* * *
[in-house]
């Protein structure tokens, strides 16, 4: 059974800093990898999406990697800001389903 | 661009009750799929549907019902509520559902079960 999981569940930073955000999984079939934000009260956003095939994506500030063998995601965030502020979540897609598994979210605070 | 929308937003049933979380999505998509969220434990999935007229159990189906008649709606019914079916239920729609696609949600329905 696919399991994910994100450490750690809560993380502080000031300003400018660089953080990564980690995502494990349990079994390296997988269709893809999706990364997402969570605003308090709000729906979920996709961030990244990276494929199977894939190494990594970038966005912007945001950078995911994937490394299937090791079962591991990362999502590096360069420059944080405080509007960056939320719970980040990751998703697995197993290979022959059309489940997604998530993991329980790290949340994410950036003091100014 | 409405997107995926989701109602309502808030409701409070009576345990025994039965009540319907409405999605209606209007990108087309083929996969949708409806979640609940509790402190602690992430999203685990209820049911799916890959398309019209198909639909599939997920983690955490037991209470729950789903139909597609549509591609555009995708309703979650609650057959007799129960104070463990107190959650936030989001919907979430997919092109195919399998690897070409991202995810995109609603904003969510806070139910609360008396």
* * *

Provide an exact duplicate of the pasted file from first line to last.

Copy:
[in-house]
């Protein structure tokens, strides 16, 4: 059974800093990898999406990697800001389903 | 661009009750799929549907019902509520559902079960 999981569940930073955000999984079939934000009260956003095939994506500030063998995601965030502020979540897609598994979210605070 | 929308937003049933979380999505998509969220434990999935007229159990189906008649709606019914079916239920729609696609949600329905 696919399991994910994100450490750690809560993380502080000031300003400018660089953080990564980690995502494990349990079994390296997988269709893809999706990364997402969570605003308090709000729906979920996709961030990244990276494929199977894939190494990594970038966005912007945001950078995911994937490394299937090791079962591991990362999502590096360069420059944080405080509007960056939320719970980040990751998703697995197993290979022959059309489940997604998530993991329980790290949340994410950036003091100014 | 409405997107995926989701109602309502808030409701409070009576345990025994039965009540319907409405999605209606209007990108087309083929996969949708409806979640609940509790402190602690992430999203685990209820049911799916890959398309019209198909639909599939997920983690955490037991209470729950789903139909597609549509591609555009995708309703979650609650057959007799129960104070463990107190959650936030989001919907979430997919092109195919399998690897070409991202995810995109609603904003969510806070139910609360008396």